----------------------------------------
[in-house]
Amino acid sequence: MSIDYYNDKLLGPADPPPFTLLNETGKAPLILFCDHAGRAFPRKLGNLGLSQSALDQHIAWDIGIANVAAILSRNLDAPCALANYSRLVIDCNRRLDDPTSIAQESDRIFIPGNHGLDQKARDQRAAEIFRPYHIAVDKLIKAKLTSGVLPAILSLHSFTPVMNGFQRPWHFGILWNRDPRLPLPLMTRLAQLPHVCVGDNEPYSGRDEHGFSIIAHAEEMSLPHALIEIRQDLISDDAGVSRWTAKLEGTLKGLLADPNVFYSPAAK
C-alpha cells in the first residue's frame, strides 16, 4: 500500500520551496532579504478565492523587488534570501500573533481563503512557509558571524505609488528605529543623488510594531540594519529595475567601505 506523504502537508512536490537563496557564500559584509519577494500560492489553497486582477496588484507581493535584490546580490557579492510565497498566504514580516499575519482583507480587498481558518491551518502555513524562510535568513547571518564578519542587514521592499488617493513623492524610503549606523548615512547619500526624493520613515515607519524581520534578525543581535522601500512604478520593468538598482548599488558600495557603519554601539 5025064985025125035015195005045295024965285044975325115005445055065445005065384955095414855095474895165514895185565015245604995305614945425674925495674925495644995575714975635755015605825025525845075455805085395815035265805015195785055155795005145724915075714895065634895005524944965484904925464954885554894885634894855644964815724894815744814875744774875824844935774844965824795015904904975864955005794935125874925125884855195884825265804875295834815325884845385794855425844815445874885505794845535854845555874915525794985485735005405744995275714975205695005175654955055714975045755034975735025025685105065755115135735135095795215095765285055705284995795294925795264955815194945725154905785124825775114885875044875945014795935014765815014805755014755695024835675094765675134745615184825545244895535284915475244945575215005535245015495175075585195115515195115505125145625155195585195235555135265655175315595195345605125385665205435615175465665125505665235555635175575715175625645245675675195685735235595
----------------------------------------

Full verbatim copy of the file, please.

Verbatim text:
[in-house]
Amino acid sequence: MSIDYYNDKLLGPADPPPFTLLNETGKAPLILFCDHAGRAFPRKLGNLGLSQSALDQHIAWDIGIANVAAILSRNLDAPCALANYSRLVIDCNRRLDDPTSIAQESDRIFIPGNHGLDQKARDQRAAEIFRPYHIAVDKLIKAKLTSGVLPAILSLHSFTPVMNGFQRPWHFGILWNRDPRLPLPLMTRLAQLPHVCVGDNEPYSGRDEHGFSIIAHAEEMSLPHALIEIRQDLISDDAGVSRWTAKLEGTLKGLLADPNVFYSPAAK
C-alpha cells in the first residue's frame, strides 16, 4: 500500500520551496532579504478565492523587488534570501500573533481563503512557509558571524505609488528605529543623488510594531540594519529595475567601505 506523504502537508512536490537563496557564500559584509519577494500560492489553497486582477496588484507581493535584490546580490557579492510565497498566504514580516499575519482583507480587498481558518491551518502555513524562510535568513547571518564578519542587514521592499488617493513623492524610503549606523548615512547619500526624493520613515515607519524581520534578525543581535522601500512604478520593468538598482548599488558600495557603519554601539 5025064985025125035015195005045295024965285044975325115005445055065445005065384955095414855095474895165514895185565015245604995305614945425674925495674925495644995575714975635755015605825025525845075455805085395815035265805015195785055155795005145724915075714895065634895005524944965484904925464954885554894885634894855644964815724894815744814875744774875824844935774844965824795015904904975864955005794935125874925125884855195884825265804875295834815325884845385794855425844815445874885505794845535854845555874915525794985485735005405744995275714975205695005175654955055714975045755034975735025025685105065755115135735135095795215095765285055705284995795294925795264955815194945725154905785124825775114885875044875945014795935014765815014805755014755695024835675094765675134745615184825545244895535284915475244945575215005535245015495175075585195115515195115505125145625155195585195235555135265655175315595195345605125385665205435615175465665125505665235555635175575715175625645245675675195685735235595